Correction to This Article
A chart about Maryland legislative action incorrectly included package-delivery businesses among the employers covered by a bill that would levy penalties on companies misclassifying their workers as independent contractors.
Legislative Scorecard

Tuesday, April 14, 2009

The Maryland General Assembly adjourned at midnight at the conclusion of its annual 90-day session. Here's what happened to legislation addressing key issues:

Domestic violence: Passed two bills giving judges more authority to take firearms from people accused of domestic violence.

Speed cameras: Passed a bill authorizing speed cameras statewide in work zones and school zones.

Death penalty: Amended a bill to repeal the death penalty, instead passing legislation that limits capital cases to those with DNA or biological evidence, a videotaped confession or a videotape linking the suspect to a homicide.

Energy re-regulation: Killed a bill to give state regulators new tools to order utilities to build power plants, which would have moved the state back toward a more regulated system for residential customers.

Climate change: Passed a bill that seeks to reduce greenhouse gas emissions thought to contribute to global warming; passed measure requiring owners of waterfront homes to upgrade failed septic systems to curb nitrogen pollution in the Chesapeake Bay.

Preakness Stakes: Passed a bill to authorize the state to purchase or take by eminent domain the Preakness Stakes and horse-racing tracks owned by Magna Entertainment, which is in bankruptcy proceedings.

Texting while driving: Passed a bill to make it a misdemeanor, punishable by a fine of up to $500, to write or send a text message while operating a vehicle.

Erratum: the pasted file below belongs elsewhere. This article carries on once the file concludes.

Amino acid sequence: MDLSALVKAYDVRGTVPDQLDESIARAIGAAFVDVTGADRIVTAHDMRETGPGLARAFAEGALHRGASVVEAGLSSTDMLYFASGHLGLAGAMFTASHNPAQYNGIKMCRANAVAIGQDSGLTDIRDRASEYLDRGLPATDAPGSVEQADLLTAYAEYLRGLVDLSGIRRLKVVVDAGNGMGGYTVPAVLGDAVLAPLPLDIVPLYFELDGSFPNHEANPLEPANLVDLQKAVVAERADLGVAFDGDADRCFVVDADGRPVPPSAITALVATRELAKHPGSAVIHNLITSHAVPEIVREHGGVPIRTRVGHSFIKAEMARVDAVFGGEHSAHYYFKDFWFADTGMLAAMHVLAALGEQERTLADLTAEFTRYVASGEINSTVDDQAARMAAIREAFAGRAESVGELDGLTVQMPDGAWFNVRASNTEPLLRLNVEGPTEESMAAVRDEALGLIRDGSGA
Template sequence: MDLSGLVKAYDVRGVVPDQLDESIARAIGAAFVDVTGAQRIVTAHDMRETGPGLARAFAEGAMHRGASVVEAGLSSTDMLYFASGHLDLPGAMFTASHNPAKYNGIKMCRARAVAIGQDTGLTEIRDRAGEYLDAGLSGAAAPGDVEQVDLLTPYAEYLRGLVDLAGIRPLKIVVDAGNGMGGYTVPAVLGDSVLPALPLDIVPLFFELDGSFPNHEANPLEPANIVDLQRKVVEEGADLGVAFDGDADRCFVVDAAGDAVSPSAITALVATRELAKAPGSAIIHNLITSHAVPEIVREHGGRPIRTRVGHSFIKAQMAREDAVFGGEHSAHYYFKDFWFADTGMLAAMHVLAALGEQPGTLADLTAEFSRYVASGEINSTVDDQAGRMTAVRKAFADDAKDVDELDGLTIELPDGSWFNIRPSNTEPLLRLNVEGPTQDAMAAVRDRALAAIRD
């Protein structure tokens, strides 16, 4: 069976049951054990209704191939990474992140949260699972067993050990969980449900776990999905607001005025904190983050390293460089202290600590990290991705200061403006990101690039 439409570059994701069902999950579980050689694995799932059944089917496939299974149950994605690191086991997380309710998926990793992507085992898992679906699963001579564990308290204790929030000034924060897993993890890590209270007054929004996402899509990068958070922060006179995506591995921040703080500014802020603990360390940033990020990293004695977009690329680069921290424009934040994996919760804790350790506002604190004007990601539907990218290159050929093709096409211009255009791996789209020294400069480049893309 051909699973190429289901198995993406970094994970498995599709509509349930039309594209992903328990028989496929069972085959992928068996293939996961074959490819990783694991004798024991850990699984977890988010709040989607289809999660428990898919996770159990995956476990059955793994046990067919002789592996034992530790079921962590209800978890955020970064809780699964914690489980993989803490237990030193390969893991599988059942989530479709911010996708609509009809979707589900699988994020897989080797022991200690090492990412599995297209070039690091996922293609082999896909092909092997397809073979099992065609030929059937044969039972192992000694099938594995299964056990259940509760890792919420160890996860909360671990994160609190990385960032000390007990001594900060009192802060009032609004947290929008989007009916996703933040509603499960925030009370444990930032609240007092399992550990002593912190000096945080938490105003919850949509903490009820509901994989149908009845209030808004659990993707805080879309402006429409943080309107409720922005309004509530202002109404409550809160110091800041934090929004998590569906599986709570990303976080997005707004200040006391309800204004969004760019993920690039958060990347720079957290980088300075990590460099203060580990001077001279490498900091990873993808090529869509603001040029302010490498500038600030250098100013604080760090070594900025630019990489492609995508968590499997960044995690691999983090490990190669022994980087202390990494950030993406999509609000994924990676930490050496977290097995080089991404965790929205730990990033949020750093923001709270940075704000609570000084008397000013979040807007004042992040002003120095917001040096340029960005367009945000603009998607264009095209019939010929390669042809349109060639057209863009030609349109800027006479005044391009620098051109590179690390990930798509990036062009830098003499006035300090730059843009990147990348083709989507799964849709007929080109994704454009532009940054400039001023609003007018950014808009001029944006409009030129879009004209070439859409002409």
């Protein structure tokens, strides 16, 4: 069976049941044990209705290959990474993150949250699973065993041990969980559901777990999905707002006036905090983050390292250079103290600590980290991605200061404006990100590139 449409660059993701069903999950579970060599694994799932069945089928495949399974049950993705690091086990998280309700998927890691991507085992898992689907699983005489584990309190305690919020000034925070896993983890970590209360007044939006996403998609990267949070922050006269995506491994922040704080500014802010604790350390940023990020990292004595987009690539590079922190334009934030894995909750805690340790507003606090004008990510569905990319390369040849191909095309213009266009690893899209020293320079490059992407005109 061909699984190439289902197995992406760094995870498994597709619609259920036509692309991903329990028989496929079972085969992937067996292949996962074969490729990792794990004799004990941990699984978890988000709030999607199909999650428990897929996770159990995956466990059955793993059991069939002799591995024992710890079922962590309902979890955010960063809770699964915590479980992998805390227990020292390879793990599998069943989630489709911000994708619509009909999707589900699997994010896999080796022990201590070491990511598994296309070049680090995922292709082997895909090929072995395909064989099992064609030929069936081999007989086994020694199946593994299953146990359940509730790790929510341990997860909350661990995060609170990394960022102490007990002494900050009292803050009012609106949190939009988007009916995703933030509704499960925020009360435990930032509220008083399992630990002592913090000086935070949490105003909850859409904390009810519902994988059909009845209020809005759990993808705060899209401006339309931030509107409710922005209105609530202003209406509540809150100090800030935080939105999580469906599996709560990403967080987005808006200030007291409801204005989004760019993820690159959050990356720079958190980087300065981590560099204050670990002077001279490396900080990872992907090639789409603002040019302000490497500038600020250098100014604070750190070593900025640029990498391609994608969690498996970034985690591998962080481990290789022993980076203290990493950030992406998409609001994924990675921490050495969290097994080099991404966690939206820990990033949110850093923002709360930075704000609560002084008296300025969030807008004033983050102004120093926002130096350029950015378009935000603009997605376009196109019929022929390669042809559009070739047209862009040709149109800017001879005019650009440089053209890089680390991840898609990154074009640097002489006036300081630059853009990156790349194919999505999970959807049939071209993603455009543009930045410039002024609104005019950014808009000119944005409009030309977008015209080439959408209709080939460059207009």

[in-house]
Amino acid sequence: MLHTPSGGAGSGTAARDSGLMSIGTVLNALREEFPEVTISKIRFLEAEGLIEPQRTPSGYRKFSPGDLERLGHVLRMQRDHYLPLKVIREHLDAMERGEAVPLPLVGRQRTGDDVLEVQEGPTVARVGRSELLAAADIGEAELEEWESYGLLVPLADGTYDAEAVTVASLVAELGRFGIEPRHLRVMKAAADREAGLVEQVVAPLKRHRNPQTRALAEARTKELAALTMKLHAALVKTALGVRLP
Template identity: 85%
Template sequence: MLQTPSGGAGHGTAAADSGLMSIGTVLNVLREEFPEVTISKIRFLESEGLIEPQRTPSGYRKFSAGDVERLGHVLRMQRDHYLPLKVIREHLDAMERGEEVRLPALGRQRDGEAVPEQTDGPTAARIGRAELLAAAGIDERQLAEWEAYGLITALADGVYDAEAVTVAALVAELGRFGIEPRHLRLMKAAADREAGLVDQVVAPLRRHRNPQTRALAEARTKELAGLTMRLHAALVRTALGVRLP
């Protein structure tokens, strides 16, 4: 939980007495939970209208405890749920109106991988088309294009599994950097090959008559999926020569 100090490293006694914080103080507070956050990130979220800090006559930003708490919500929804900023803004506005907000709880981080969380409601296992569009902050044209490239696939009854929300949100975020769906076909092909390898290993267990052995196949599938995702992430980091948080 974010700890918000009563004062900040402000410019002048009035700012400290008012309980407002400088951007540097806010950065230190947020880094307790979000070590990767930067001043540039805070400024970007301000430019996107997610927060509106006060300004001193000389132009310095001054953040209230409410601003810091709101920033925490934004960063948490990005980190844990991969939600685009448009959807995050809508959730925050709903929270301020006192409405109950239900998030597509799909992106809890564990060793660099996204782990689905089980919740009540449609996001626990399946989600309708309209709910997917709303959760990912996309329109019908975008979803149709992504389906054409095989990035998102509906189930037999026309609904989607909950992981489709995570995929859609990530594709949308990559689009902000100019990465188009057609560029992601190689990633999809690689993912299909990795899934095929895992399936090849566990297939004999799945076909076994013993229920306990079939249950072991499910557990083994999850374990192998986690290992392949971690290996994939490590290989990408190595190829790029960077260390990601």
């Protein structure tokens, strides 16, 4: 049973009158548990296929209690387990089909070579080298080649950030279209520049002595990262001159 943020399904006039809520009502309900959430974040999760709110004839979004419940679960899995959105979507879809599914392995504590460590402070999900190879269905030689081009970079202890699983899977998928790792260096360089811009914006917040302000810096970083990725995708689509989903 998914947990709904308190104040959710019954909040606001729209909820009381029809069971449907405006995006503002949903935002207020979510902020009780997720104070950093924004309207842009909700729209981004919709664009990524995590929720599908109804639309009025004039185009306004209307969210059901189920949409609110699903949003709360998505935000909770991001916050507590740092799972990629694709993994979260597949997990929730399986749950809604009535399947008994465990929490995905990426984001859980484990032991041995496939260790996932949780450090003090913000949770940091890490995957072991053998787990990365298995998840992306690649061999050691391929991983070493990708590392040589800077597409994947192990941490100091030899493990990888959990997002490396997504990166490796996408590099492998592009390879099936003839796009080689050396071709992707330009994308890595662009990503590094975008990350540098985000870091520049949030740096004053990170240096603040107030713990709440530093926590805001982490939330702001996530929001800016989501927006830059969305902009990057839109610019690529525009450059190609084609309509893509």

Teen driving: Passed legislation requiring teens to hold a learner's permit for nine months instead of six and a restricted provisional license until age 18.

Unemployment insurance: Passed a bill extending unemployment insurance to part-time workers.

University tuition: Included funds in budget to allow a fourth consecutive year of a tuition freeze for in-state undergraduates at public universities; final decision rests with university regents.

Driver's licenses for illegal immigrants: Approved a compromise bill eliminating illegal immigrants' access to driver's licenses; allows undocumented immigrants holding licenses to get a limited driving permit that would expire in 2015.

Police surveillance: Approved curbs on law enforcement authority to open undercover investigations of political activists, requiring credible evidence of criminal plans.

Porn on campus: Inserted language in the budget requiring university policies on screening pornographic films by Sept. 1. State funding is not contingent on the report.

Medevac: Efforts to dramatically overhaul or privatize the Maryland State Police helicopter program largely fizzled as a House task force recommended modest changes and lawmakers agreed to start replacing state police's fleet with three new helicopters next year costing $52.5 million.

Prince George's school headquarters: Restricted the county's Board of Education from spending any money on a 10-year, $36 million lease for new office space signed in June.

D.C. United: Decided not to pursue legislation to allow the Maryland Stadium Authority to float bonds for a new soccer stadium in Prince George's or study the economic benefits of a stadium.

Voting issues: Implemented an early-voting program approved in a November referendum and facilitated the state's move to voting machines that offer a paper trail by next year.

Tax exemption for domestic partners: Extended the same exemption from the inheritance tax on primary residences to domestic partners, including same-sex couples, that is now provided spouses, children and other family members.

Worker rights: Passed a bill that fines and penalizes employers who misclassify employees as independent contractors. Applies to construction, landscaping and package delivery business.

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